The FTSE 100 made a subdued start to the week as global markets took stock of the bull run in share prices that has been in play since November’s vaccine breakthroughs.
The market surged through 7000 recently, only to plunge last Tuesday, since when it has been nervously edging up.
Today it opened up just 10 points at 6948.63 despite a fairly strong finish on Wall Street on Friday night and a 0.5% gain this morning in the Japanese Nikkei index.
Despite the Japanese gains, it was mixed picture in Asia, with the Hang Seng Index in Hong Kong flat and Chinese stocks up around a fifth of a percent, giving few cues to London traders.
The covid vaccines programme in Europe appears to be gathering pace, but markets have been concerned about the devastating surge in India which has been concerning investors.
Markets are wary both of the impact on the Indian economy and supplies from the country, but also the potential for new variants to spread from the enormous population there.
Few investors were taking big trading positions yet in a week that will see crucial earnings figures for Big Tech companies which could send markets in either direction and the two-day Federal Reserve meeting.
Investors assume Fed chairman Jay Powell will stick to the stance of super-easy monetary policy despite signs of rising inflation but markets will be hanging on his every word at Wednesday’s press conference.
As well as near-zero interest rates, the Fed is buying $120 billion of assets a month, and investors are wondering when that bond-buying programme will begin to taper as the world’s biggest economy begins firing again.
Powell has repeatedly said he will not act until a sustained jobs recovery is clearly established but he has said this month that an “inflection point” is underway in the US economy.
London markets took some heart at news at Tate & Lyle’s potential £1.2 billion sale of its US focused primary products division, making bulk sweeteners and industrial starches, in what would be the biggest overhaul for the group in years.
The company last night said it was in talks with potential new partners who might be interested in buying a controlling stake there and shares gained 6%.
The Sunday Telegraph reported that Apollo Global Management and Cerberus are in talks with the group.
The week ahead sees first quarter profit figures reported from Google parent Alphabet, Amazon, Apple, Facebook and Google, with expectations they will announce profits of a combined $65 billion in the three months to the end of March.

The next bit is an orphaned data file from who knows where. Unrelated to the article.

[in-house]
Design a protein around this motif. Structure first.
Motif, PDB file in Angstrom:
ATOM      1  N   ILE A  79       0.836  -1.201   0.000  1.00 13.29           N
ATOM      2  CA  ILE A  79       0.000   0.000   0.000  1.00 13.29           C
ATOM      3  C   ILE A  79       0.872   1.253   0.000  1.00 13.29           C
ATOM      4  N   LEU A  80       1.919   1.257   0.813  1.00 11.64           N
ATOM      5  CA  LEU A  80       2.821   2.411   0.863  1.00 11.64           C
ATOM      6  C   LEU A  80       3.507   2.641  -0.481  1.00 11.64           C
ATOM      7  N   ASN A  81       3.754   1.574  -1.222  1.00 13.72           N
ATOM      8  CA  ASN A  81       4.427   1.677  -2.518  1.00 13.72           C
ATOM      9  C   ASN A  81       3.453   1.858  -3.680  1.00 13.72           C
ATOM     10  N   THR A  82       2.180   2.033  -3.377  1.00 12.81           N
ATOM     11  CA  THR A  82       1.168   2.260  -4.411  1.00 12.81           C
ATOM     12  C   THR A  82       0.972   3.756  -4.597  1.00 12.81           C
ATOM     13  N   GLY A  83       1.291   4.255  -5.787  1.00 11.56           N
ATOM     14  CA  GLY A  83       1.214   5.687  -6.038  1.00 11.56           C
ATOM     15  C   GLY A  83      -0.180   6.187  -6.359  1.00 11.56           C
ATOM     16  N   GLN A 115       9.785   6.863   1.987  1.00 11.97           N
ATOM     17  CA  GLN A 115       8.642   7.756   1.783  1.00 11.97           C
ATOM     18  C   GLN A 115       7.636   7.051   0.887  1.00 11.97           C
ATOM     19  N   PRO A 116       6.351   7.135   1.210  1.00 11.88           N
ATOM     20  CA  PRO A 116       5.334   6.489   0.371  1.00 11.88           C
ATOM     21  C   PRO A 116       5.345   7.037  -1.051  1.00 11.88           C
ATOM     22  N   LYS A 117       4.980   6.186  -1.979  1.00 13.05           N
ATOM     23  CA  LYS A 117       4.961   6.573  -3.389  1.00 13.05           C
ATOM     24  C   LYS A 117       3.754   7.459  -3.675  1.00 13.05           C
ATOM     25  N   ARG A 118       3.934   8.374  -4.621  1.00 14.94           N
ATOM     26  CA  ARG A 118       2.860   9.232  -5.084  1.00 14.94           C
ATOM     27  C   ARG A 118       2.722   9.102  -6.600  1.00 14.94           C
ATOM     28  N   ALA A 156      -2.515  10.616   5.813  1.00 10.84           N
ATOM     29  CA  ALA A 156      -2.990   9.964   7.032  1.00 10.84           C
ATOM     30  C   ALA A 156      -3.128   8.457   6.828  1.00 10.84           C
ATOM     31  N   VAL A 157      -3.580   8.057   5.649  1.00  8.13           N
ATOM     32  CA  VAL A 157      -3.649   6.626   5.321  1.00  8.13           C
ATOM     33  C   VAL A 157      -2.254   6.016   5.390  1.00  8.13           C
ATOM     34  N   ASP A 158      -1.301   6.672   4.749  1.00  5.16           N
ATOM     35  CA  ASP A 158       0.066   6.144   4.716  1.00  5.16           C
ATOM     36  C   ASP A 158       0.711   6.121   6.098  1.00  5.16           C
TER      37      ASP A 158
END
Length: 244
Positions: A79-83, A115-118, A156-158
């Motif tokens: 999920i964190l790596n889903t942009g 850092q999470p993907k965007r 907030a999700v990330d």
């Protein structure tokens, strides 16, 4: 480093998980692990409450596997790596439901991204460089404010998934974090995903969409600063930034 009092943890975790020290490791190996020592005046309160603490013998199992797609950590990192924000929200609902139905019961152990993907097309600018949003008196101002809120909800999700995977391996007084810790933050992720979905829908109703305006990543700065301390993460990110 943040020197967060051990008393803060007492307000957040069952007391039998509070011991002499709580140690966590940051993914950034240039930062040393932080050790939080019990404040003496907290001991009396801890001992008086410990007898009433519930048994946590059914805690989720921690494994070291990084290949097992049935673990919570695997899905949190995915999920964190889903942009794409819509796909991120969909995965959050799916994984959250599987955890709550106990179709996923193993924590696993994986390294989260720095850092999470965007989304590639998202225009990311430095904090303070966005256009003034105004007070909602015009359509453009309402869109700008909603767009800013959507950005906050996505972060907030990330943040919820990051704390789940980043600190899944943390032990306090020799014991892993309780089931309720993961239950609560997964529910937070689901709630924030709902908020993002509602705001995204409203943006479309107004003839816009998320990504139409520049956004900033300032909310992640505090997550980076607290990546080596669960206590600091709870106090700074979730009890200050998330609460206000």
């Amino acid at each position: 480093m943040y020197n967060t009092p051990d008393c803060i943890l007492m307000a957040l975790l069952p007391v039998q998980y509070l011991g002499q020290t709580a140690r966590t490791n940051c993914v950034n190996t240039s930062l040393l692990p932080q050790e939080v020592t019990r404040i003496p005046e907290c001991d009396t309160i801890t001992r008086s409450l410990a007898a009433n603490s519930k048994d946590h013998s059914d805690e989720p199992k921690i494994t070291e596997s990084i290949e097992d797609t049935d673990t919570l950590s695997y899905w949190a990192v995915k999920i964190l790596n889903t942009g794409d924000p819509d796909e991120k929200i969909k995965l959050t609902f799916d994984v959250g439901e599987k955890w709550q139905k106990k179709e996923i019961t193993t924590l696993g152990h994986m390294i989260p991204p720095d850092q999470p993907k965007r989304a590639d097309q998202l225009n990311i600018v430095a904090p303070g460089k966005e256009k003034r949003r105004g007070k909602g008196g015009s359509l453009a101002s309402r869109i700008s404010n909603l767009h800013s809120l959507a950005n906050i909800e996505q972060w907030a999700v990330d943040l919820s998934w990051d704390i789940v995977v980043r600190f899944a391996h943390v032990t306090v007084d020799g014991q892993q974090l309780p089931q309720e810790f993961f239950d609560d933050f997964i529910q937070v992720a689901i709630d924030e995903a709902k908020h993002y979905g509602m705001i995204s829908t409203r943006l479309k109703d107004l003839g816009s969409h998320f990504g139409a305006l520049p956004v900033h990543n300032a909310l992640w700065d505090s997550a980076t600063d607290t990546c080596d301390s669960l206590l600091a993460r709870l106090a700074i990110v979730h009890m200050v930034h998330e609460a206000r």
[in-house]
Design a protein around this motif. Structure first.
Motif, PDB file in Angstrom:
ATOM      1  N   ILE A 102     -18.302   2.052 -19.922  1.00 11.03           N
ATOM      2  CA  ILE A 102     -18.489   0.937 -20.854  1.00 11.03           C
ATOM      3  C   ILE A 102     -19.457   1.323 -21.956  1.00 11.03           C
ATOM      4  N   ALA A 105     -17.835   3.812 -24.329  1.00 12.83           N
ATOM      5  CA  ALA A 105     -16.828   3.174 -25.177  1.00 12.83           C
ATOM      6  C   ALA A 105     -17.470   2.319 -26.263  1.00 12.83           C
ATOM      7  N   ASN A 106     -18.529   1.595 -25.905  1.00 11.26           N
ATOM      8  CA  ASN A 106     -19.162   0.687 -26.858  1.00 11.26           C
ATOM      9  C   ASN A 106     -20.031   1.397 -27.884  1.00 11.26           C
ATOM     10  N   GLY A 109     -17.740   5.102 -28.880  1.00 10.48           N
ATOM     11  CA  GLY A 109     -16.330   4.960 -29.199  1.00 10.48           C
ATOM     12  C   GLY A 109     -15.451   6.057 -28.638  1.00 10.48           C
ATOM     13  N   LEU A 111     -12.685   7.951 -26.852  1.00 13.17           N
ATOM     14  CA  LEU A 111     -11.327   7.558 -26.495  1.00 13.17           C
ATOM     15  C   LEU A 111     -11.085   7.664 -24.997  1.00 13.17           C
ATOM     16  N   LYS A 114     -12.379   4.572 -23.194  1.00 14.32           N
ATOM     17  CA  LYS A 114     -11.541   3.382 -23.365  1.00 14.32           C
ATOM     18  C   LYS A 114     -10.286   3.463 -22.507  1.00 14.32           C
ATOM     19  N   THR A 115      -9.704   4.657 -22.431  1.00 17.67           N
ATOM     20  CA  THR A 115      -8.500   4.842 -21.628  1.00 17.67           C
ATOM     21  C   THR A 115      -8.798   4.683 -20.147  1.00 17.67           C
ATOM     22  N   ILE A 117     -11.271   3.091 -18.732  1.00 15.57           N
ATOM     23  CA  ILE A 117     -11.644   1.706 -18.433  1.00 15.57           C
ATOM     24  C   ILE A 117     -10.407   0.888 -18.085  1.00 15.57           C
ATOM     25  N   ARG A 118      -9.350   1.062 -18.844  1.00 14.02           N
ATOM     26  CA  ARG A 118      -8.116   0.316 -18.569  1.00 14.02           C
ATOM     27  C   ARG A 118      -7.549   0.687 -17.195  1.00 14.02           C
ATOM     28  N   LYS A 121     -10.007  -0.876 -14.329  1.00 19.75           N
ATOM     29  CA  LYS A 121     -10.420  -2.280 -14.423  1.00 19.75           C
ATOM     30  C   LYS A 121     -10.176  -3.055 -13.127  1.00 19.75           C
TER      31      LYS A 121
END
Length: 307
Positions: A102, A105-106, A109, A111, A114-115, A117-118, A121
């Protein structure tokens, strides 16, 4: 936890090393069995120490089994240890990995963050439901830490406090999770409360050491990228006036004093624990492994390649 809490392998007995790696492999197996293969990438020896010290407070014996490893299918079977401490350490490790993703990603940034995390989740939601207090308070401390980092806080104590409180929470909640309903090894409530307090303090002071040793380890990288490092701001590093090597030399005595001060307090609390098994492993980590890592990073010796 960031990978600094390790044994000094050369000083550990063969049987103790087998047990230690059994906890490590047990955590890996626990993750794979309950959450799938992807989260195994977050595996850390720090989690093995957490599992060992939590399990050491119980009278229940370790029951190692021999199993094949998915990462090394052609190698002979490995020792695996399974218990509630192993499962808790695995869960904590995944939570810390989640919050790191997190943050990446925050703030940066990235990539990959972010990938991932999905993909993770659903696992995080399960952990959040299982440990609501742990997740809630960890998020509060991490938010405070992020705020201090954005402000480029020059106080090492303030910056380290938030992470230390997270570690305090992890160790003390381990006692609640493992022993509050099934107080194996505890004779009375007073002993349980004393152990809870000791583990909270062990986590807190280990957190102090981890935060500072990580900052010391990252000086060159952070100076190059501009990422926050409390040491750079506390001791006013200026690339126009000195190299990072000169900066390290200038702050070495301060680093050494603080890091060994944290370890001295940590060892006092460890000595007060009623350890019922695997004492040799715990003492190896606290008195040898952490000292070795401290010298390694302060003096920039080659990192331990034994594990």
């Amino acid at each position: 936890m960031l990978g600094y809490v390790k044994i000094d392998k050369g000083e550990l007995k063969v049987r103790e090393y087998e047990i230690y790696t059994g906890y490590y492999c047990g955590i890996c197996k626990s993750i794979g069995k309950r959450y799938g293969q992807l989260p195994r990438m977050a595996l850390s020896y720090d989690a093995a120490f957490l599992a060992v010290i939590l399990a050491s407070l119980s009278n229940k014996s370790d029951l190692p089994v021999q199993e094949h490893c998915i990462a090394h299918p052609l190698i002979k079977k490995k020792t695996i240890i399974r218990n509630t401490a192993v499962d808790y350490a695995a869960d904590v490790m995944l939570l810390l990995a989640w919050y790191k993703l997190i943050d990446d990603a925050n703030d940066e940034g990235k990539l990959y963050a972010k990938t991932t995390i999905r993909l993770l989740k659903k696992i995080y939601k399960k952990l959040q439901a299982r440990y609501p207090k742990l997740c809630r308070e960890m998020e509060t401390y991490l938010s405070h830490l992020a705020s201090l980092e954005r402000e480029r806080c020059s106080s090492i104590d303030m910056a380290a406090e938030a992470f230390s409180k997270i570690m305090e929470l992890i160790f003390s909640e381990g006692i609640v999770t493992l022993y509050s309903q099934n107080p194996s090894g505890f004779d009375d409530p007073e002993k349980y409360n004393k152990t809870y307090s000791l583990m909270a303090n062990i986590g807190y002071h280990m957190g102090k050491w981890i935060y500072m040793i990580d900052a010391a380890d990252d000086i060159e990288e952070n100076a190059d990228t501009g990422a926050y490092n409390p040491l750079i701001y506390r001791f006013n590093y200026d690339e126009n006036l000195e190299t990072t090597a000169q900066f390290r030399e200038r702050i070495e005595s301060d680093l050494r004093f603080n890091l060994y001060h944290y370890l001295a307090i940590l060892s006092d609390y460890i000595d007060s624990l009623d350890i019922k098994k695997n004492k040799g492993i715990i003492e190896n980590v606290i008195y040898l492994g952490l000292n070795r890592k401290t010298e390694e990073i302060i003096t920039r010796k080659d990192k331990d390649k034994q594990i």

Travel and hospitality firms have seen their shares leap from Covid lows in the past six months but those gains could come into question as big employers say they will curb business trips after the pandemic. Remote meetings over Zoom have been found as effective, and thousands of pounds and dollars cheaper, than face-to-face summits and conferences, while also being better for companies’ carbon footprints.
HSBC chief executive Noel Quinn told the FT he would be cutting his own travel by half to lower the number of flights he takes. Other CEOs have echoed that sentiment, which, if it becomes the new normal, could have a devastating long term impact on companies like IAG, whose British Airways airline relies heavily on long haul business travellers for profits.
Shorter term, however, it was decent day for travel stocks, with IAG leading the FTSE risers, up 4% and aero engines maker Rolls-Royce up a similar percentage.
Banks will doubtless be questioned over their WFH plans this week as they report quarterly profit figures. Sector investors, however, will be keenest to hear news on dividends and profit growth from HSBC, Lloyds, NatWest and Barclays, all reporting in the coming days. Big divi payouts are expected.
BP reports results tomorrow with investors hoping for news on share buybacks after it hit its debt reduction targets earlier than expected.
Other FTSE share price risers were Evraz, Pearson and Informa.
Fallers were Ocado, Pershing Square and United Utilities, but none fell more than 2%.